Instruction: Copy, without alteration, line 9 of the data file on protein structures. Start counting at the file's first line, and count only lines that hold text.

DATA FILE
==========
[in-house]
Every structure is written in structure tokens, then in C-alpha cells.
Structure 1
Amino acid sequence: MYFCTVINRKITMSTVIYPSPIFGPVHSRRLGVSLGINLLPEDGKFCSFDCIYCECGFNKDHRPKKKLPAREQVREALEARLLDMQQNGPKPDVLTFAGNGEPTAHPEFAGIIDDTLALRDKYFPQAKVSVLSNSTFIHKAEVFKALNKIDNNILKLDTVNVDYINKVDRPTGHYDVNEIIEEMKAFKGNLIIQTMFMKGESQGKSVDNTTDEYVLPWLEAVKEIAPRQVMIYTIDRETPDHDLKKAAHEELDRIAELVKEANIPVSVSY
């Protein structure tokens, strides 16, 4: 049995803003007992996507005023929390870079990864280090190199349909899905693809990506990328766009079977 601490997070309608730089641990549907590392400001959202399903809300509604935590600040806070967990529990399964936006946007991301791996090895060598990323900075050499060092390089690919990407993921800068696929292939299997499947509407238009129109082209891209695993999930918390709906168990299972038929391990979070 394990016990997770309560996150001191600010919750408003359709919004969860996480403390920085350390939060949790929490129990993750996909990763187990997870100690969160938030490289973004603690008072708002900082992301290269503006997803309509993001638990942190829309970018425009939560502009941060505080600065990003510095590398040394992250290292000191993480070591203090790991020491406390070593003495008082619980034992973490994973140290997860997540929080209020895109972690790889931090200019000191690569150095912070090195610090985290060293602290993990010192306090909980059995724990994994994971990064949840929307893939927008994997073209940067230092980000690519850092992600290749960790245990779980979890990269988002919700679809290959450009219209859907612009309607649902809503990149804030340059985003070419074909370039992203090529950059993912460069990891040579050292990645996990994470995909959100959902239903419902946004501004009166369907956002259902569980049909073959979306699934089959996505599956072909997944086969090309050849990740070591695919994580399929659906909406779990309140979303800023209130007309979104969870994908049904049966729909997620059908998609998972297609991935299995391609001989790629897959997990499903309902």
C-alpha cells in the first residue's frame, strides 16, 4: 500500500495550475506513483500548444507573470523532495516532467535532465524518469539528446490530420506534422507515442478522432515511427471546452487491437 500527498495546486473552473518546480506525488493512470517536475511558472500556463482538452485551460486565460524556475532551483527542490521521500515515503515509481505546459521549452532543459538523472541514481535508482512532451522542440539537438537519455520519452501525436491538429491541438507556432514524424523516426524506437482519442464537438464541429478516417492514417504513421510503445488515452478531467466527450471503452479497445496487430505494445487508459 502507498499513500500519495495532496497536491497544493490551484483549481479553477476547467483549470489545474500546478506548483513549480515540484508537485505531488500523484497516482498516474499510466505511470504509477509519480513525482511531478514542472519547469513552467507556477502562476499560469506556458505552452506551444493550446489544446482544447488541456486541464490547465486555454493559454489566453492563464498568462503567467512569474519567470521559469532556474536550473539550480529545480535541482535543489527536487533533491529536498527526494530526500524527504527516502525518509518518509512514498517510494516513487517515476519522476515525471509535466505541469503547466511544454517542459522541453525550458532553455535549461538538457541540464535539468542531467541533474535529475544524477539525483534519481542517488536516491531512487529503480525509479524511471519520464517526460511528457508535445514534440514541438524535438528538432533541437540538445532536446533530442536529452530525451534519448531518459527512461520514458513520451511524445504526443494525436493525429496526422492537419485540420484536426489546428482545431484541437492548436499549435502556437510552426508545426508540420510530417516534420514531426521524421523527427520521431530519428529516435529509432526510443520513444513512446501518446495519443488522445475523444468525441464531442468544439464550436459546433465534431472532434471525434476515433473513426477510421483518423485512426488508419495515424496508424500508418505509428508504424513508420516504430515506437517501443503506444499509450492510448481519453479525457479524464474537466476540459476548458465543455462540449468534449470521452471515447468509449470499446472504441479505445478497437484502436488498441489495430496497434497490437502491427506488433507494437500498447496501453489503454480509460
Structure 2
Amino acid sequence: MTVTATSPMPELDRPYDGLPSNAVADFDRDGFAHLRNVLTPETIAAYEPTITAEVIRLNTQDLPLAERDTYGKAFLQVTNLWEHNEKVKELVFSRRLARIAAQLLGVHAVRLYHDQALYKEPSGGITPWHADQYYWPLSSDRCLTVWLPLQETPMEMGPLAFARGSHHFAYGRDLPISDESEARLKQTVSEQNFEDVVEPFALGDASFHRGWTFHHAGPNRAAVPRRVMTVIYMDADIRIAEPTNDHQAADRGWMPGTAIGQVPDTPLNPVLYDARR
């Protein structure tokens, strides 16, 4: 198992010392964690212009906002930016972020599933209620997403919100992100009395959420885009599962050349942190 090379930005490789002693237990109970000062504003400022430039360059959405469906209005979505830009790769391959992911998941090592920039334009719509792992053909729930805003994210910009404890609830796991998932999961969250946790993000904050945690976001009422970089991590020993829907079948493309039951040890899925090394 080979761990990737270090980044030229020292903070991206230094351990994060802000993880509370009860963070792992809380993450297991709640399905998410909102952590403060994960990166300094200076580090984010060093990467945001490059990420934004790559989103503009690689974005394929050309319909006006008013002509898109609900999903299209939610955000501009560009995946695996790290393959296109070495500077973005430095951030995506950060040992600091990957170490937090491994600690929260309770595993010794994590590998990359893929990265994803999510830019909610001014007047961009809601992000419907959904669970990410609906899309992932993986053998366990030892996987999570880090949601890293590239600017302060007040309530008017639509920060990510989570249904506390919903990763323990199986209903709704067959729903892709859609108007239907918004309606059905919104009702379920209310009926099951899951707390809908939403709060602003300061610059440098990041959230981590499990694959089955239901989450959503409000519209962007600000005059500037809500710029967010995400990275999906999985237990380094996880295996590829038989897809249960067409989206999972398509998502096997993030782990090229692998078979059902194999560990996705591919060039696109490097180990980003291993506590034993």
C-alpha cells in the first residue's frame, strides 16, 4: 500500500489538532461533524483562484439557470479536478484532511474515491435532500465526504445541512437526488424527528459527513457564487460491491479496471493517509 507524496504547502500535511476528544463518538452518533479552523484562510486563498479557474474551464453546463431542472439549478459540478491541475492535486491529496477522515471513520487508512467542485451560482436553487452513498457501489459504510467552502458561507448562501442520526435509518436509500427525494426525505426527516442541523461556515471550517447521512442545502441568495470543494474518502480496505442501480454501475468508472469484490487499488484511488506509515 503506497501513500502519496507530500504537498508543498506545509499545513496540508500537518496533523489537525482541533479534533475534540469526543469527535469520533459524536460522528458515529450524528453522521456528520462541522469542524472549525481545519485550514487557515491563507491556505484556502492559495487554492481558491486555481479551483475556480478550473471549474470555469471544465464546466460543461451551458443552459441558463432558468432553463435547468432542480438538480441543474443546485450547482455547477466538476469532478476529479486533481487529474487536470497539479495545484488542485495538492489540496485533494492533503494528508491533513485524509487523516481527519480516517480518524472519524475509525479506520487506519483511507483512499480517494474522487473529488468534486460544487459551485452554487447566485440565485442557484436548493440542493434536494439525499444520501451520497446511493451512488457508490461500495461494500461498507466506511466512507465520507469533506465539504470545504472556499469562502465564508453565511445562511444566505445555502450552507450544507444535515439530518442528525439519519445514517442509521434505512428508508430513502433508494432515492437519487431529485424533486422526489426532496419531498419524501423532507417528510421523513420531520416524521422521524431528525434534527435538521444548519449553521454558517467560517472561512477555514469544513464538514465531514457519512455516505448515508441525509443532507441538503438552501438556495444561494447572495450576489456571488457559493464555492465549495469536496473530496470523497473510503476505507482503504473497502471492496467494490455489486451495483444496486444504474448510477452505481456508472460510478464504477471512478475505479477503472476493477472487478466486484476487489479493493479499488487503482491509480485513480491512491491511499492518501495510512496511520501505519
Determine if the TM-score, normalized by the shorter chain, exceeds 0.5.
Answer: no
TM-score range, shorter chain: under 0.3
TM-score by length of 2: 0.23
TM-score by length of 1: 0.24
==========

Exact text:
């Protein structure tokens, strides 16, 4: 198992010392964690212009906002930016972020599933209620997403919100992100009395959420885009599962050349942190 090379930005490789002693237990109970000062504003400022430039360059959405469906209005979505830009790769391959992911998941090592920039334009719509792992053909729930805003994210910009404890609830796991998932999961969250946790993000904050945690976001009422970089991590020993829907079948493309039951040890899925090394 080979761990990737270090980044030229020292903070991206230094351990994060802000993880509370009860963070792992809380993450297991709640399905998410909102952590403060994960990166300094200076580090984010060093990467945001490059990420934004790559989103503009690689974005394929050309319909006006008013002509898109609900999903299209939610955000501009560009995946695996790290393959296109070495500077973005430095951030995506950060040992600091990957170490937090491994600690929260309770595993010794994590590998990359893929990265994803999510830019909610001014007047961009809601992000419907959904669970990410609906899309992932993986053998366990030892996987999570880090949601890293590239600017302060007040309530008017639509920060990510989570249904506390919903990763323990199986209903709704067959729903892709859609108007239907918004309606059905919104009702379920209310009926099951899951707390809908939403709060602003300061610059440098990041959230981590499990694959089955239901989450959503409000519209962007600000005059500037809500710029967010995400990275999906999985237990380094996880295996590829038989897809249960067409989206999972398509998502096997993030782990090229692998078979059902194999560990996705591919060039696109490097180990980003291993506590034993």